Plaintiff argues the ALJ failed to properly compare the claimant's RFC with the specific demands of plaintiff's past relevant work as required by S.S.R. 82-62. (ECF No. 15 at 16-17.) In finding that an individual has the capacity to perform a past relevant job, the determination or decision must contain the following specific findings of fact:

1. A finding of fact as to the individual's RFC;
2. A finding of fact as to the physical and mental demands of the past job/occupation; and
3. A finding of fact that the individual's RFC would permit a return to his or her past job or occupation.

S.S.R. 82-62. The burden of proof lies with the Plaintiff at step four, but the ALJ still has a duty to make the requisite factual findings to support his conclusions. Pinto v. Massanari, 249 F.3d 840, 844 (9th Cir. 2001); S.S.R. 82-62.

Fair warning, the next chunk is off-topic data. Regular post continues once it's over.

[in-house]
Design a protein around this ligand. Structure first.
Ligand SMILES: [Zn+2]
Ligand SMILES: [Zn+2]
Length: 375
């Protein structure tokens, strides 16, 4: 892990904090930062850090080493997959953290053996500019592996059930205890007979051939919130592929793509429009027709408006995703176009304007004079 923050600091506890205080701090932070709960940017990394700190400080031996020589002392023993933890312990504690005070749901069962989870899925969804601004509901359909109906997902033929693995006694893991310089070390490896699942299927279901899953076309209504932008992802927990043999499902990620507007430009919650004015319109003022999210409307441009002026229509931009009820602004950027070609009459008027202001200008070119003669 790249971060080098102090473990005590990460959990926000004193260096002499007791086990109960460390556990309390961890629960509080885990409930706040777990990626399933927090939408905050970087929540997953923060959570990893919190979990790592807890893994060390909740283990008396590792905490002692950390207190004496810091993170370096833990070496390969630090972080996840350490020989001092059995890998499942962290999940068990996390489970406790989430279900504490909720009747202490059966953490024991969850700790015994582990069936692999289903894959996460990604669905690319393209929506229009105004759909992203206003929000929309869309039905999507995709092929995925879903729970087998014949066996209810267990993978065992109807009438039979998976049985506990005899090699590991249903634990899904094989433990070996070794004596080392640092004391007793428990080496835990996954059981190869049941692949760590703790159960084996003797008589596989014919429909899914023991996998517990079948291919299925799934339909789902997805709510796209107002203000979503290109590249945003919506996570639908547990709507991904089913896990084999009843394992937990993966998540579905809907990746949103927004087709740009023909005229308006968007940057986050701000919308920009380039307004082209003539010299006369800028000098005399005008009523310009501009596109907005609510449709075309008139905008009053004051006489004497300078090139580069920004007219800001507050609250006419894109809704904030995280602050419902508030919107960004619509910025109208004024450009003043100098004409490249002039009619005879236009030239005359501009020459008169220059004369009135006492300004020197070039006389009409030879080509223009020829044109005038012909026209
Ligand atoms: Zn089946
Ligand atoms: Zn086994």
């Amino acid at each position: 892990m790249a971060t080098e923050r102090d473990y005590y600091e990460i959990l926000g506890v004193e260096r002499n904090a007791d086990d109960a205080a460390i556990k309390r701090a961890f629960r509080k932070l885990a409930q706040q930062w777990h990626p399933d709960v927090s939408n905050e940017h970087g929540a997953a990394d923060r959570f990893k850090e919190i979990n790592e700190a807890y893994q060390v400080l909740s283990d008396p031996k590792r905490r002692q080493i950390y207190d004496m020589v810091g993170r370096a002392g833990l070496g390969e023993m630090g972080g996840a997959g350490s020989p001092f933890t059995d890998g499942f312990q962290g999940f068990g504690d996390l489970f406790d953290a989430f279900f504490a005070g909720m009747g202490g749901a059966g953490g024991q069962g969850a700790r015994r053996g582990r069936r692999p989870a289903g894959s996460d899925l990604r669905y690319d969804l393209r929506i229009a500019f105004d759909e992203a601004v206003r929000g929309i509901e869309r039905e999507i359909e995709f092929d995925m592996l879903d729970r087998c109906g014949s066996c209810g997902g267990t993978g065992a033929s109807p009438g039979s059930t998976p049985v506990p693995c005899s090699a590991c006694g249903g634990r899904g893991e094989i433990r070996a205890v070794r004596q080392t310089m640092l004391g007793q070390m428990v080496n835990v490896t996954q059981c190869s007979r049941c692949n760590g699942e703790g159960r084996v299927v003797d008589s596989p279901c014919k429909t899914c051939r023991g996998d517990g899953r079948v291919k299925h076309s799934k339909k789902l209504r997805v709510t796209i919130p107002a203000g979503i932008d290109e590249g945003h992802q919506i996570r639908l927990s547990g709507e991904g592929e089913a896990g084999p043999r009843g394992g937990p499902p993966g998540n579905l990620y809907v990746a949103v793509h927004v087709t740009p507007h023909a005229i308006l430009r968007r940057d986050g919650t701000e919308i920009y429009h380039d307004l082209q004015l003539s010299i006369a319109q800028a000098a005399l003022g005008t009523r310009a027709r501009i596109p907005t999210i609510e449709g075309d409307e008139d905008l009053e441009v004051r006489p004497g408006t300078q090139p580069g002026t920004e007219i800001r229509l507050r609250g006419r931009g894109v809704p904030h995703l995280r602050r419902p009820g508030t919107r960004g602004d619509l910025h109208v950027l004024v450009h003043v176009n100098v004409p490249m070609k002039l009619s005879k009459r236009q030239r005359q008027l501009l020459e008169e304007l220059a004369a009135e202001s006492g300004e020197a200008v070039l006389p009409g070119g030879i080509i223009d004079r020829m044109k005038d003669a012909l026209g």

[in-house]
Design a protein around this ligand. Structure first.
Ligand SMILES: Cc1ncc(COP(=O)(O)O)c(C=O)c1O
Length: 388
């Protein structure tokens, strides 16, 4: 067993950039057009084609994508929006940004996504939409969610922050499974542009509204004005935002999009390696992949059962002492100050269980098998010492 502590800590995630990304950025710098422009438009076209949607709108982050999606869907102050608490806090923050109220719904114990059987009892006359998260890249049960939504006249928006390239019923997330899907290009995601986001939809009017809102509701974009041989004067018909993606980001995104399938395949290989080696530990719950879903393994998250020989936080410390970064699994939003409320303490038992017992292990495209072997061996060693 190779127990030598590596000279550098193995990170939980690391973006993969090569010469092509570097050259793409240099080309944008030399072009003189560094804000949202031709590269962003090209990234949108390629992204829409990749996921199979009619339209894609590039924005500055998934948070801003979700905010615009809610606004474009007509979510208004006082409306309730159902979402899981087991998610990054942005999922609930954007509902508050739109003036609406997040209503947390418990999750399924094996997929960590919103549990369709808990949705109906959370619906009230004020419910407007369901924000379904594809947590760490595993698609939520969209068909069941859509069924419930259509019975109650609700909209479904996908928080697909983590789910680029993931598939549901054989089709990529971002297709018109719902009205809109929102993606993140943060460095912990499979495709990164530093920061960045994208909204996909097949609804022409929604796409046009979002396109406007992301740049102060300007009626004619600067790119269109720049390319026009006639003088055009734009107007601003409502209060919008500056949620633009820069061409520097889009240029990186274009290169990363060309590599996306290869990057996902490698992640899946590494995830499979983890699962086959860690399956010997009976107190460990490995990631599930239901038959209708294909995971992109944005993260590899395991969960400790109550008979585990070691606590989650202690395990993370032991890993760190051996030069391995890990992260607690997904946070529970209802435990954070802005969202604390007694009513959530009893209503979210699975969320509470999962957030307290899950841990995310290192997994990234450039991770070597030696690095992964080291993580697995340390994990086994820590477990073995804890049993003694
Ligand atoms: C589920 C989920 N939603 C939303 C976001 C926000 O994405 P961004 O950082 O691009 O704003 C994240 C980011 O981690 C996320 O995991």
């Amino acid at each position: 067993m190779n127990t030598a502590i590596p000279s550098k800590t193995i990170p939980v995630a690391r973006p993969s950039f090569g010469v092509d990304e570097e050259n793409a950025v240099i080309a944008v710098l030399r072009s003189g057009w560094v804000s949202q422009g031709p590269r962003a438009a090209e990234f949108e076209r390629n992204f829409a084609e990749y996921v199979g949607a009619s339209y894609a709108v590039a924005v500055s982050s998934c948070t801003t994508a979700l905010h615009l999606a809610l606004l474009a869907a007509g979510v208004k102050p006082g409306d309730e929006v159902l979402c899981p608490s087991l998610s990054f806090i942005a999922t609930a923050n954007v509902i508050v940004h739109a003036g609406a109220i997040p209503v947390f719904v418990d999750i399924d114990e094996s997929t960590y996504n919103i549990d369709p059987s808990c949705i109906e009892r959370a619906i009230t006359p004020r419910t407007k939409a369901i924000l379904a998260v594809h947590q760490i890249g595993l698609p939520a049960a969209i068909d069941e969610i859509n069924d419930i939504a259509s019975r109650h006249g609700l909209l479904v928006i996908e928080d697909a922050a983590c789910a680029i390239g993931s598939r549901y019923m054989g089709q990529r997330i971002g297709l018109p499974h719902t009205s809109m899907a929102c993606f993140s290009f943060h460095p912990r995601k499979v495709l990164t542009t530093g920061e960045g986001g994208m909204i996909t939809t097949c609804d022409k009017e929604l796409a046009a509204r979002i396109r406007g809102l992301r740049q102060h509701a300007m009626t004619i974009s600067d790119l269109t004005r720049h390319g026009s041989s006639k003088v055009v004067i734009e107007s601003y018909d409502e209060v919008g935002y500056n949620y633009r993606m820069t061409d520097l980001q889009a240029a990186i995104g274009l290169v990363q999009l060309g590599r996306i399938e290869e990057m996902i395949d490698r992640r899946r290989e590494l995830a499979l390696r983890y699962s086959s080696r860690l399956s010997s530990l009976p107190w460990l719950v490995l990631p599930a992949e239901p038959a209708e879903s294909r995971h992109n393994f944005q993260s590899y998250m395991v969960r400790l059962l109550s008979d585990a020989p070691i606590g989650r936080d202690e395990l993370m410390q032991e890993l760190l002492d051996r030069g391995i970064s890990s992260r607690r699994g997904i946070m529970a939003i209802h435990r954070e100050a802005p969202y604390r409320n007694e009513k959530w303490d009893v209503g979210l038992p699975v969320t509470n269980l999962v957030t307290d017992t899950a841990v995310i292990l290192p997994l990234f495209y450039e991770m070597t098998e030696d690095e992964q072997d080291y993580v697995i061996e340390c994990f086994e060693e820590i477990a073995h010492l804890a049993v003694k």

The ALJ stated, "In comparing the claimant's residual functional capacity with the physical and mental demands of his job as a kitchen helper, I find that the claimant is able to perform it as actually and generally performed." (Tr. 17.) The ALJ cited the vocational expert's testimony and found it consistent with the evidence. (Tr. 17.) Plaintiff cites Pinto and argues the ALJ improperly relied solely on the conclusion of the vocational expert without making a comparison of the RFC with the demands of plaintiff's past relevant work. (ECF No. 15 at 16.) However, Pinto holds that an ALJ may rely on a job description in the Dictionary of Occupational Titles which is not consistent with a claimant's identified limitations only when the ALJ definitively explains this deviation. 249 F.3d at 847. In this case, the vocational expert did not deviate from the DOT definitions.[1] (Tr. 47.) Plaintiff has failed to identify any deviation from the DOT with respect to limitations established by the record and plaintiff's past relevant work. Pinto is therefore inapplicable on this issue. As a result, the ALJ's comparison of RFC and past relevant work is adequately supported. Notwithstanding, because of the ALJ's errors discussed supra, the RFC finding is in question. As a result, a new step four finding is necessary on remand.